Wednesday, 7 December 2016

Wolds, moors and mines

North of the Humber there are proper hills, but before I reached them I had to navigate my way out of the Humber Bridge car park and past the M62. The cycle paths are good around here, and well signposted, but they cross busy motorway slip roads and junctions so it's not much fun.

In the Yorkshire Wolds
My version of the route took me over the edge of the Yorkshire Wolds through Market Weighton and Pocklington, as I was going to visit friends in the village of Hovingham at the foot of the North York Moors. The route I took wasn't as long as the official one, but it went through proper hills and I was still regretting not seeing more of inland Norway when I was there. This was a fairly hilly day, and the next day was hillier still, as I headed straight through the moors towards Stokesley. It was also very rainy.  I got soaked early as I rode into Helmsley and I stopped to dry out in a cafe which was the most expensive of my entire trip. Helmsley is a jumping off point for visitors to the Moors and never lacks tourists. It had stopped raining when I emerged from the cafe, £7 poorer (coffee and a pastry). I climbed up onto the open moorland with great views down into the valley of Rievaulx Abbey shrouded in storm clouds.



The next flurry of rain was not long in arriving, and I made several stops on the way to Stokesley to stand by the roadside beneath my umbrella.  However, as I swept down off the moors again the sun came out and, after some searching, I picked up National Cycle Route 1 again in Stockton-on-Tees.

From just north of Stockton the route follows the old mine railway that winds between former pit villages before ending up on the coast at Sunderland. I knew the names of these places - Trimdon and Shotton and Sedgfield carried echoes of the miners' strike in the early eighties, but the beauty of the countryside around here came as a surprise.

Wheatley Hill miners' memorial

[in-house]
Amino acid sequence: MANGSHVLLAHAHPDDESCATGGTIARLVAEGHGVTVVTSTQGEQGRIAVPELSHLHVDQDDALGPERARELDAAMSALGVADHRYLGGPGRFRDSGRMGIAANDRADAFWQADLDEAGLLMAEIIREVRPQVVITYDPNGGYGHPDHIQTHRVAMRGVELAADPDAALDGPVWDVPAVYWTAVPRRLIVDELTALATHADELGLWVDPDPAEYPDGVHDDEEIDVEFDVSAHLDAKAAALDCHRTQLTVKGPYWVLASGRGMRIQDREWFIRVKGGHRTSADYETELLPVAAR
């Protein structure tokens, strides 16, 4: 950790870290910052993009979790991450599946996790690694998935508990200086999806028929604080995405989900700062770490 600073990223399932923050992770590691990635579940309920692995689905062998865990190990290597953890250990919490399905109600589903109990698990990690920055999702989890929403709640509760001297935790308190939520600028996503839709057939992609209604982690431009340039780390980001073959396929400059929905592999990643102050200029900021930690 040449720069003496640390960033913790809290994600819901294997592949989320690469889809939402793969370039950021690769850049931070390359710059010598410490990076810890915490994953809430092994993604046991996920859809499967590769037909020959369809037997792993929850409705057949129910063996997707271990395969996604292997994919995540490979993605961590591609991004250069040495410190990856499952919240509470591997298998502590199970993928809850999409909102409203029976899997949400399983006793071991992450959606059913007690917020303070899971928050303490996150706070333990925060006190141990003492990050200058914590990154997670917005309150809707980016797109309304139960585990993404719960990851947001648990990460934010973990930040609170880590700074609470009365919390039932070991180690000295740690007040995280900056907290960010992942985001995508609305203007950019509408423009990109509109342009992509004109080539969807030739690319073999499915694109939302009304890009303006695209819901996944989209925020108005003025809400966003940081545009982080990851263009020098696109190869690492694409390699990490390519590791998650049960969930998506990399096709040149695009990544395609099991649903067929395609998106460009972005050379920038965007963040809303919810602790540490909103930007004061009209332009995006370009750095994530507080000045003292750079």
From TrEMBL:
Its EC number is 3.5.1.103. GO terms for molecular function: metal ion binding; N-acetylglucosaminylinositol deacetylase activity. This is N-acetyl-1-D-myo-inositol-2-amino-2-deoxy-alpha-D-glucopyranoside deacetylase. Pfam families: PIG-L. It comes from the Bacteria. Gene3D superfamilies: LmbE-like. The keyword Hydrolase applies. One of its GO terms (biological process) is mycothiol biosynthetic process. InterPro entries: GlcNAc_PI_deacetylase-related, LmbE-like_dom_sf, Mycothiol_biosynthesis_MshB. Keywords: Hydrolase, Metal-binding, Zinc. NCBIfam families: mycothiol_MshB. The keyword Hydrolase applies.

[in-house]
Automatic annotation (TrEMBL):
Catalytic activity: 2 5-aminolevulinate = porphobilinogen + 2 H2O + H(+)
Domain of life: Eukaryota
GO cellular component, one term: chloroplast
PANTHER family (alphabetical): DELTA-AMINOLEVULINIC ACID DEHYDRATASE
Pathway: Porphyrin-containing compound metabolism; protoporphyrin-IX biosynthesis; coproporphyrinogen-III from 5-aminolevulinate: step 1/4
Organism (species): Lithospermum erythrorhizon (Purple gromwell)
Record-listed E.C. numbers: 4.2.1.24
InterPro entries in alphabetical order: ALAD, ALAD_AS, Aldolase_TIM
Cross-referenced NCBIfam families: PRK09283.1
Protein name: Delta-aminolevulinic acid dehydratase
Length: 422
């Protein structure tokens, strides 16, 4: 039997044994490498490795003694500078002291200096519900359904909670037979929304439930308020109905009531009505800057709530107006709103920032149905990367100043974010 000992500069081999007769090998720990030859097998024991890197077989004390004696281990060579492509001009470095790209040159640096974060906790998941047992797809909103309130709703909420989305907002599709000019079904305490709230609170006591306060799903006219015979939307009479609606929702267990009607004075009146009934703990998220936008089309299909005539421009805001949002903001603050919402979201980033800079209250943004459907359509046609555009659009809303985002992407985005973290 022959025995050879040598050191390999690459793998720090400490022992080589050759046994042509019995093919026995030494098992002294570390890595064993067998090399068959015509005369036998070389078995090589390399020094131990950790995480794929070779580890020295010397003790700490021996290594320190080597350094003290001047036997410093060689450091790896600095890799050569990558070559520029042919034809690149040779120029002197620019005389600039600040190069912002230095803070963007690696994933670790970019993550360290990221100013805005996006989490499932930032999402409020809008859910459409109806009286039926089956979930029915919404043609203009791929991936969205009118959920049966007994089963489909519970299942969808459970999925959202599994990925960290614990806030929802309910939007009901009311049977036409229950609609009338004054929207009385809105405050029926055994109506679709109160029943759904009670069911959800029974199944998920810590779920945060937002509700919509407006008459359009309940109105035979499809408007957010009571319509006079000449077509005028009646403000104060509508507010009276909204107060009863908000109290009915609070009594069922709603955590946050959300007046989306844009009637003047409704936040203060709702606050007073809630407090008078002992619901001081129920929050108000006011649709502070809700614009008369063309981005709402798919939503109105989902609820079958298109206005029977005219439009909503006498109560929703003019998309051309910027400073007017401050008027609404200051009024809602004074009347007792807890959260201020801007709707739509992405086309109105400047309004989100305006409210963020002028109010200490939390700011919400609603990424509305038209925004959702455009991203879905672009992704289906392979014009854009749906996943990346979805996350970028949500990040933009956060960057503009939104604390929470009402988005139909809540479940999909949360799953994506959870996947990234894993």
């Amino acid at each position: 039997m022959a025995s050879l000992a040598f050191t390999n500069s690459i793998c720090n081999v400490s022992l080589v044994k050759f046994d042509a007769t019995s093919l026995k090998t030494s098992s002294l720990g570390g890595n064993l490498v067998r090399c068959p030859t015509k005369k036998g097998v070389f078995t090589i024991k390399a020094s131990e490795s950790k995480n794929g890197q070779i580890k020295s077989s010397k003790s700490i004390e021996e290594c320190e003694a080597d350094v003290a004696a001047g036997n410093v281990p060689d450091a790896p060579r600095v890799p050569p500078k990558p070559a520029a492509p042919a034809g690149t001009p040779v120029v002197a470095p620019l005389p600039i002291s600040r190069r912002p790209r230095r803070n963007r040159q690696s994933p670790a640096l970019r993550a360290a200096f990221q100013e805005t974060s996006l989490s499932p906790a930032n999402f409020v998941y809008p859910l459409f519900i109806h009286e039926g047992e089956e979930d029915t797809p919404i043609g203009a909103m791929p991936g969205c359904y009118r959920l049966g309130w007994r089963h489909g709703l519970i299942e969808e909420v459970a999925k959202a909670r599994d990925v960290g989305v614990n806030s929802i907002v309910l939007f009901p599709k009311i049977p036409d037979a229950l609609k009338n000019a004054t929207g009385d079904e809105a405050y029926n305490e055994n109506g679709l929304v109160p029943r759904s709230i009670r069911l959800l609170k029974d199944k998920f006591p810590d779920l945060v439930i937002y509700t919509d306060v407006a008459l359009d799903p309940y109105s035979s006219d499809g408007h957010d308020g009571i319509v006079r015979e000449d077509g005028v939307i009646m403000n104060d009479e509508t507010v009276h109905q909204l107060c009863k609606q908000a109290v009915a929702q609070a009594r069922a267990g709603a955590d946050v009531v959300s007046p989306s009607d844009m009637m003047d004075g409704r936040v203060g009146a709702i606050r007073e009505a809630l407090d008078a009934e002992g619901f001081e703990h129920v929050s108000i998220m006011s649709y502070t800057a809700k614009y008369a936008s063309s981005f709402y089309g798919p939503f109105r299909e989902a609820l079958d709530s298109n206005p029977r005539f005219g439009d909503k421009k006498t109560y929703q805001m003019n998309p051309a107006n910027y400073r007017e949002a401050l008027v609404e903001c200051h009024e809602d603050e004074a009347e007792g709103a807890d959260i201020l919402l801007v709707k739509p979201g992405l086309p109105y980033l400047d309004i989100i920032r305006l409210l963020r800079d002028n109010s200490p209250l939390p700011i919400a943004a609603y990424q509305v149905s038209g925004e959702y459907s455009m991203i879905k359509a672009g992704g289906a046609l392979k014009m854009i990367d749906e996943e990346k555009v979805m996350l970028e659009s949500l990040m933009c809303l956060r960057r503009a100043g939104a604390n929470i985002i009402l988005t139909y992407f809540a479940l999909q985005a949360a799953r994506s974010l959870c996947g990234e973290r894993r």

The lovely Durham countryside was all rolling hills and fields with, eventually, occasional glimpses of the sea in the distance. With the mines gone, the streets of tiny industrial style houses now look oddly out of place, and there are occasional memorials to the mining past.

On the way to Sunderland

Apart from very occasional muddy sections the old railway track was a joy to ride on, especially the long, straight descent into Sunderland where the route meandered around before depositing me very close to the centre of town. It was Match Day. Sunderland were playing at home and the wide, sunny streets were full of fans. There was an open, seaside feel to the place as I pushed my bike through the crowds and over the bridge and then followed a beautiful, rocky coastline to South Sheilds, where I found my onward passage blocked by tens of thousands of runners arriving at the finish of the Great North Run. It was completely impossible to cross the road to get where I was going, which was lucky because I cycled along the coastal footpath instead and saw the best part of South Shields, with the Red Arrows thrown in.

Coastal path at South Shields

Red Arrows

I visited a small lifeboat museum, beckoned inside by an enthusiast standing in the doorway, and then caught the ferry across the Tyne to North Shields along with hundreds of runners who had completed the course.

The coast was still very fine through Tynmouth and Whitley Bay, with long rows of Victorian villas overlooking the sea. North of Blyth the River Blyth forks inland creating a slightly torturous route northwards. Finally I saw a signpost for Newbiggin-by-the-Sea and decided it might be a likely stopping place. It was slightly difficult to persuade the landlady to let me have a single room in her Bed and Breakfast, and when I was installed it was in a tiny room barely big enough for the bed, but with a great view of the sea.  In the local pub the talk was all about immigration. At every table people were having the same conversation about Syrian refugees.  'We wouldn't want them here though, they'd change the place, wouldn't they?'  Did you see?  They were all young men. They're not real refugees, are they?'

I'd hardly seen a black or a brown face since I'd arrived in Sunderland.

It was the unknown they were frightened of.

Maps:  to Hovingham;  to Fishburn;  to Newbiggin-by-the-Sea

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